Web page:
Meanwhile, Colonel Improbable has injected himself, and is waiting to see if anything cool happens.

The alien blows stuff up, to kill outside communications. It then nicks some radioactive material, which the raid on Norton's computer has told it will keep it safe from Earth bacteria.

Then it goes back into the tunnels. They've built that set, and they're going to get their money's worth out of it, damn it.

Everybody else goes and stands by the nuclear control room, to talk about dangerous levels of radioactivity, and watch the pretty, blinking danger lights.

Whilst the alien wanders about in the air conditioning system a bit more, in another patch of blue light.

Then Ironhorse goes in there too, because it looks like fun.

The alien goes one way, he goes another.

My computer has glowing blue fans like that. They're awesome. Thing is, though, they're visible. What the bloody hell's that one lit up for?!

The alien drops by for a visit with Colonel Loony, and after some dramatic standing around in blue light, takes him over.

Harrison then stops by for a chat, but the alien colonel refuses to talk to him. You'd think it would kill him, since it knows from Norton's computer that this is Harrison Blackwood, who has devoted his entire life to taking the aliens down. But no. It just says to come back later, which is nice of it.

Sure that something's up, Harrison uses his tuning fork to help him figure it all out.

I'm not sure why he's on the phone to Norton, because surely the alien blew up the communications? But anyway, he and Suzanne and a temporary Norton substitute do some of the obligatory computer screen gazing. This will help somehow. It's sure to.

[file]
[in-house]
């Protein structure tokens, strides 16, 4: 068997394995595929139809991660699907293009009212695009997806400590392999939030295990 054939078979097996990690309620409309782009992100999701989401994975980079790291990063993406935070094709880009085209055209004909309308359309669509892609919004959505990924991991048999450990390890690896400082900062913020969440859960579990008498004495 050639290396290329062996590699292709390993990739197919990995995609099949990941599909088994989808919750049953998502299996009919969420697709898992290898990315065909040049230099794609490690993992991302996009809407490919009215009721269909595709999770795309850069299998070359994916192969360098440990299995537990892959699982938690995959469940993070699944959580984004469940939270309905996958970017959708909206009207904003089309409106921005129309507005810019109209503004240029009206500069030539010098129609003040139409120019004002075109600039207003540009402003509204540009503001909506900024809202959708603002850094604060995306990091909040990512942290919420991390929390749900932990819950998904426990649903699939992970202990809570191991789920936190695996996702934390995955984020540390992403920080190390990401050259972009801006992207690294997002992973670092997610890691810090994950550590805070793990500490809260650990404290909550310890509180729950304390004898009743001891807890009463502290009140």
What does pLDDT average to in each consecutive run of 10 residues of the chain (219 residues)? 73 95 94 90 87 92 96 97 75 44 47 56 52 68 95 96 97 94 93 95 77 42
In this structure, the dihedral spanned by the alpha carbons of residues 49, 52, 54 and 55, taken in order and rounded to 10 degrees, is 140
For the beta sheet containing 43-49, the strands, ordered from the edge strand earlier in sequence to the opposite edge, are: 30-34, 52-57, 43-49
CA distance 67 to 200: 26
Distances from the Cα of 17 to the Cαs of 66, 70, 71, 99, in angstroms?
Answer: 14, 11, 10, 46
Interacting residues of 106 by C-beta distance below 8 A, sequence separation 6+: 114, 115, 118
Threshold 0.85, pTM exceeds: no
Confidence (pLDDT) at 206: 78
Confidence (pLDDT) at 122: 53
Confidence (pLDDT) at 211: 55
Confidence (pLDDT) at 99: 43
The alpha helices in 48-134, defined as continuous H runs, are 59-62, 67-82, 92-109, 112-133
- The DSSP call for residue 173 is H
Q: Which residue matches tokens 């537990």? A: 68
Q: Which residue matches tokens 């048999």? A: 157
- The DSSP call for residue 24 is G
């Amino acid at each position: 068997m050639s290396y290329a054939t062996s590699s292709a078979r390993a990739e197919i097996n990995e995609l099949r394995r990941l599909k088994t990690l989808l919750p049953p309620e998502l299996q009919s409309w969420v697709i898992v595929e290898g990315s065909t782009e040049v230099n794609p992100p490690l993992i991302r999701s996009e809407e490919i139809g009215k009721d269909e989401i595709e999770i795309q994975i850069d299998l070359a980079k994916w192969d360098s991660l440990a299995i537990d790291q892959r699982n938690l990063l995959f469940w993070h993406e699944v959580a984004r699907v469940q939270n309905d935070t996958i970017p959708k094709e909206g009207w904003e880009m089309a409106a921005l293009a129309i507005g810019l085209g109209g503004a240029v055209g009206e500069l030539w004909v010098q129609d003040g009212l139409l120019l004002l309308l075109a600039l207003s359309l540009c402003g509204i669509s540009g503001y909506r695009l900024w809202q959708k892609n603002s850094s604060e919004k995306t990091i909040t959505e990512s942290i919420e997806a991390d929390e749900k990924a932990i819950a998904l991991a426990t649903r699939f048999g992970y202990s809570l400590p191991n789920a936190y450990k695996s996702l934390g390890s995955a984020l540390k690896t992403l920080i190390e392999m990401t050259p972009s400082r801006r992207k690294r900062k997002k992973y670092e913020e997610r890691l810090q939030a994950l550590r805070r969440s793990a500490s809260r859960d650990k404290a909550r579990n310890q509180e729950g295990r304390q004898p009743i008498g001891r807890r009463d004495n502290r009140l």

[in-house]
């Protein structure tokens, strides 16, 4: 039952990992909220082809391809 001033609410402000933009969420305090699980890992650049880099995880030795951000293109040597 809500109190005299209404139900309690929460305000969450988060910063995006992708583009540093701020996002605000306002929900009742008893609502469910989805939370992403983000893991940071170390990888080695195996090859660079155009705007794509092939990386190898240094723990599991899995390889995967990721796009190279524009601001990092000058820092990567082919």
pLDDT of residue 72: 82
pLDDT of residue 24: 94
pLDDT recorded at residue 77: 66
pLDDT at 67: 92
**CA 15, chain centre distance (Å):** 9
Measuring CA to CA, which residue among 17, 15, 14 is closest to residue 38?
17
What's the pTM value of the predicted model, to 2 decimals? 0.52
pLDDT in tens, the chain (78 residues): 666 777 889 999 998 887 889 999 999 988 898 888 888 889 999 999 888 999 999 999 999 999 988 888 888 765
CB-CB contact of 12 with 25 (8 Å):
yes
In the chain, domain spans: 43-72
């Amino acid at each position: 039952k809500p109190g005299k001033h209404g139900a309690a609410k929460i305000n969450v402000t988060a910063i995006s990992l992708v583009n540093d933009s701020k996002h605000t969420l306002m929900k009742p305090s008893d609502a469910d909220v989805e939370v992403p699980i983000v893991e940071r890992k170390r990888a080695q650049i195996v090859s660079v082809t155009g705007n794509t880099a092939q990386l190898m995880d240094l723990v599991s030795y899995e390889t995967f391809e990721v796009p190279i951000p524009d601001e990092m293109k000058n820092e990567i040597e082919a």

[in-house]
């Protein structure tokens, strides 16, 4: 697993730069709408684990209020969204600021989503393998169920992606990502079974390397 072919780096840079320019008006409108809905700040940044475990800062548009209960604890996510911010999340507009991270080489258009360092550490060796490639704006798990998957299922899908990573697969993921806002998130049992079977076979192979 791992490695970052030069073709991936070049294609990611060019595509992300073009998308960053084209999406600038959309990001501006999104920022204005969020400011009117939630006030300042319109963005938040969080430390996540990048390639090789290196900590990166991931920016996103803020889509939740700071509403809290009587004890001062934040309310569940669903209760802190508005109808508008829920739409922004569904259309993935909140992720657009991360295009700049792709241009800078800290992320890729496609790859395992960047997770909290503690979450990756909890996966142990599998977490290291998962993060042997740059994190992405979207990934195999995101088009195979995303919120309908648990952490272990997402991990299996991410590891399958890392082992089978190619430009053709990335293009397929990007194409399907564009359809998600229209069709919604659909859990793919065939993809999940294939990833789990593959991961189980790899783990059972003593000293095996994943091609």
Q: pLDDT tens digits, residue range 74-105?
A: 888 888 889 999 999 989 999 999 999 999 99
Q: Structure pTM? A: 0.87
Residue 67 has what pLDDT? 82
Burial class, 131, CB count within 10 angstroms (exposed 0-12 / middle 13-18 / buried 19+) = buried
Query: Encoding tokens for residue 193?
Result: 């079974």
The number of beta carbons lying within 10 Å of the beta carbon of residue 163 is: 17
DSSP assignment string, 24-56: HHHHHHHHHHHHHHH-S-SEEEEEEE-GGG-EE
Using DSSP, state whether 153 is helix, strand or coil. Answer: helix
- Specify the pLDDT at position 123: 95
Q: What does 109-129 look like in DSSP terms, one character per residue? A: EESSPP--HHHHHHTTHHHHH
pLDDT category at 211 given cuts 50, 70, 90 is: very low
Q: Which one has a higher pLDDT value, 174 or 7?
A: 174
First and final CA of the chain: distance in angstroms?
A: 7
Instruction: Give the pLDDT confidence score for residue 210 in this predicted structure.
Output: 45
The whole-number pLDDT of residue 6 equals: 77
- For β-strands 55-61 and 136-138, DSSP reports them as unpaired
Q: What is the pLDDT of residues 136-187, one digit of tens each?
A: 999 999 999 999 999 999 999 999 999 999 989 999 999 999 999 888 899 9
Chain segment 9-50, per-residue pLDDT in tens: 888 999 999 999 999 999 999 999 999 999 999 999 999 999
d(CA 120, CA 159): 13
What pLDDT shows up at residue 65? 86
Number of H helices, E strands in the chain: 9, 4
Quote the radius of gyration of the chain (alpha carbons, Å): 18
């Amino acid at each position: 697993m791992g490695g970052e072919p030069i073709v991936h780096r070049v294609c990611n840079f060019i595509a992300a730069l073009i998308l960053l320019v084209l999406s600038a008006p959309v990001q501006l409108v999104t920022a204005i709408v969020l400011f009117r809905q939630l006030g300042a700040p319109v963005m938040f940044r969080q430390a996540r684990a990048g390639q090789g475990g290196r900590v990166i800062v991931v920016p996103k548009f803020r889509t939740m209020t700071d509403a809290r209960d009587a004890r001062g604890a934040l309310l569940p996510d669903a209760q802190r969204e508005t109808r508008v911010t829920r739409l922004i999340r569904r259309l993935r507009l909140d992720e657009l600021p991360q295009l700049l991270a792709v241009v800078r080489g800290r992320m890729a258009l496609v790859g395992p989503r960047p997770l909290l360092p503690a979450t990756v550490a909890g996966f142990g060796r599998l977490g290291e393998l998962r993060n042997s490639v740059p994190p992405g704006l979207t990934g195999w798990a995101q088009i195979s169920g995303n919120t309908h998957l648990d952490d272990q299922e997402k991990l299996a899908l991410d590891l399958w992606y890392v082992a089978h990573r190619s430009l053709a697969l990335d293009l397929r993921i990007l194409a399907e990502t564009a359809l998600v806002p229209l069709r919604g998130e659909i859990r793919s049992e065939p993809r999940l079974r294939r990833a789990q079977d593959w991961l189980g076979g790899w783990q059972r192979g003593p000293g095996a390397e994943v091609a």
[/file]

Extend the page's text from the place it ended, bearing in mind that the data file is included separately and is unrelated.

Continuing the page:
Ironhorse runs about in the air conditioning system a bit more, just in case there's a bit he missed.

To be perfectly fair, he does have a reason for it this time. Sort of. It's because the alien nicking the radioactive matter from the lab has flooded most of the building with radioactivity, so the corridors are no longer safe. The air conditioning vents apparently are, presumably because the architects thoughtfully chose to make them lead-lined. Or something.

Using computers, Harrison tracks the alien as it escapes from the building in a funky snowmobile.

Ironhorse then uses a massive laser from one of the labs to home in on the location that Harrison has found for him. These are awesome labs. Massive laser guns?! I've never been in a lab that had one of them. No fair.

The alien explodes. Everybody breaths a sigh of relief. Except the alien.

I enjoyed this episode. Once again it's almost ridiculously improbable, and a good half of it is taken up with scrabbling about in blue tunnels. It's still good, though. I wish more had been made of Colonel Moron and his Big Bad status, rather than just having him inject himself with alien gloop and die. More could have been made of the alien, too. It needed to be handled in the same way as the hospital episode, I think, with some nice tension and atmosphere to go with the dramatic lighting. Still perfectly entertaining, though. Mind you, if I was Norton, I'd have quit by now. He's nearly as surplus to demands as Suzanne's pointless daughter. You'd think they'd find him something to do in the space of twenty-three episodes, but so far one quick bit of staff fighting has been it. It's not exactly positive use of minority casting, is it. They might just as well not have bothered.


( 1 fierce growl — Growl fiercely )
Mar. 11th, 2012 12:28 am (UTC)
As I read the previous review I was just thinking the same thing about poor Norton, he's confined and pretty much a useless character that stares at screens all day. At least he got some action in Highlander the Series. And what a way to drop the ball with the commander and the alien goop. They could have made the injection work temporarily, I thought he as going to mutate or something. That would have been pretty darn cool. But I'm sure they knew there was only going to be one episode left. No sense creating even more unfinished plot threads.
( 1 fierce growl — Growl fiercely )